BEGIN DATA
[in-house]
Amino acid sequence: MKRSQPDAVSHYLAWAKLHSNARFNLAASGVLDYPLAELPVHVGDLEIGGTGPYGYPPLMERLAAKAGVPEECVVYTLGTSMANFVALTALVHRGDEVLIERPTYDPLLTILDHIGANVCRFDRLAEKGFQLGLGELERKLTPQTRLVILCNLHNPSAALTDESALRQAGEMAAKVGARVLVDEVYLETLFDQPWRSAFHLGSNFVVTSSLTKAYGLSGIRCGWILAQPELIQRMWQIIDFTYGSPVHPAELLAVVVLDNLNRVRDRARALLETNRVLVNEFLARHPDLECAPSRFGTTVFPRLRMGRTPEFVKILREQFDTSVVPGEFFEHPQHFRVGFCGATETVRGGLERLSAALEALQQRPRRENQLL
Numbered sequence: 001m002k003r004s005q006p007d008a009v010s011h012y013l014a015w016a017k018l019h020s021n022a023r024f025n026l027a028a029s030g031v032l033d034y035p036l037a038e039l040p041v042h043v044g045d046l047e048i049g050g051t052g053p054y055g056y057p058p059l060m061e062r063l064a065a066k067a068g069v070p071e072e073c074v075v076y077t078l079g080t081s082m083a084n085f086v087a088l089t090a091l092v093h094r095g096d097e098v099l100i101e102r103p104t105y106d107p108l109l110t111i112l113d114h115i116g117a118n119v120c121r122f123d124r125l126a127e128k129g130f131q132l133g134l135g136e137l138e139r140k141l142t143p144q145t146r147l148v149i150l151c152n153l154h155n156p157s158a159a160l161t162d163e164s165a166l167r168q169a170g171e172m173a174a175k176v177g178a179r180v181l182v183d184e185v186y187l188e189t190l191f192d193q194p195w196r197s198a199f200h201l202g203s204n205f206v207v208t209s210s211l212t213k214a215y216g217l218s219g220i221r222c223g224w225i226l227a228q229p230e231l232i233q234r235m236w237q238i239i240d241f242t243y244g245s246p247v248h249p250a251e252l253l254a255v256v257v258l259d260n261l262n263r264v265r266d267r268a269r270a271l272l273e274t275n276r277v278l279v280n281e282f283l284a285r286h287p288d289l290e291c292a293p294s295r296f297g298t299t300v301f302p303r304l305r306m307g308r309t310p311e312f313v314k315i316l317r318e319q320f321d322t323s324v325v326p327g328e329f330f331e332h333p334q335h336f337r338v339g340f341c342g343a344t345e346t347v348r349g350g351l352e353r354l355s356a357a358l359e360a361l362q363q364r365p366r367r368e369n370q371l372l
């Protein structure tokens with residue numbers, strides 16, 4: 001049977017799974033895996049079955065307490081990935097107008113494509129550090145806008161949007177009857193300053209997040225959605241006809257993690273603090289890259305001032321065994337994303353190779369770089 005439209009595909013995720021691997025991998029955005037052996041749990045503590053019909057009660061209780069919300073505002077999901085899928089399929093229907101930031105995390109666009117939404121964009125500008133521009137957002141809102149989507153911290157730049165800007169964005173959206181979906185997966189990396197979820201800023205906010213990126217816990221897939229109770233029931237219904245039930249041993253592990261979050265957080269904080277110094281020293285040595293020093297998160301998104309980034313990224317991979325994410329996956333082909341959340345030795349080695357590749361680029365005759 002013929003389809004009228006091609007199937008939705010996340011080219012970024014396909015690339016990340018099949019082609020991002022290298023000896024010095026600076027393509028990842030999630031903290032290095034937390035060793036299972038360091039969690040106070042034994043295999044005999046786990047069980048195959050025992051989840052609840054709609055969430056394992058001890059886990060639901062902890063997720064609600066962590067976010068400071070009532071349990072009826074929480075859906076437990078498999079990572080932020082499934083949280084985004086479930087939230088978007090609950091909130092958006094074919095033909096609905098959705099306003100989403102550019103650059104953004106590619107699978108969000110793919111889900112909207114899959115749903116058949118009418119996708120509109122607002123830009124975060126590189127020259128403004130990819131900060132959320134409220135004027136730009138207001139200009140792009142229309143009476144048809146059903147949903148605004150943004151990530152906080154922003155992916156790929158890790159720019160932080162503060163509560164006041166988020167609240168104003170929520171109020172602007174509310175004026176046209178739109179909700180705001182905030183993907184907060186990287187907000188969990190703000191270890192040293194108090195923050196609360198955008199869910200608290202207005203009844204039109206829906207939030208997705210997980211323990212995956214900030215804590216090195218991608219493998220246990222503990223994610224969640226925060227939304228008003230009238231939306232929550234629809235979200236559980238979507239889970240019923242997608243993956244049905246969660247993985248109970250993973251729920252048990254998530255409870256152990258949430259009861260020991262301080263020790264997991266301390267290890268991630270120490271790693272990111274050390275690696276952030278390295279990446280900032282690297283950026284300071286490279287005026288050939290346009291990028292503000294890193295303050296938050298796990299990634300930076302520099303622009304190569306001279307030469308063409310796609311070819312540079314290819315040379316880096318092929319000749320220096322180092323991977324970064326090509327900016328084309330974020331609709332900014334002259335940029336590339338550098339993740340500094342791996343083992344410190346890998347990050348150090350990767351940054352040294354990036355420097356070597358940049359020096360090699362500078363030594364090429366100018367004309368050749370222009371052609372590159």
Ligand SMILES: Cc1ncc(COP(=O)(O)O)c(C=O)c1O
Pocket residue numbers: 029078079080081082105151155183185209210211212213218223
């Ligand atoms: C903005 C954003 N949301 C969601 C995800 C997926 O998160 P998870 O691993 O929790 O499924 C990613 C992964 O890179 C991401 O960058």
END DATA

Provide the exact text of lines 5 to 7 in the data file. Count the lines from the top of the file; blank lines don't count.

Ligand SMILES: Cc1ncc(COP(=O)(O)O)c(C=O)c1O
Pocket residue numbers: 029078079080081082105151155183185209210211212213218223
């Ligand atoms: C903005 C954003 N949301 C969601 C995800 C997926 O998160 P998870 O691993 O929790 O499924 C990613 C992964 O890179 C991401 O960058």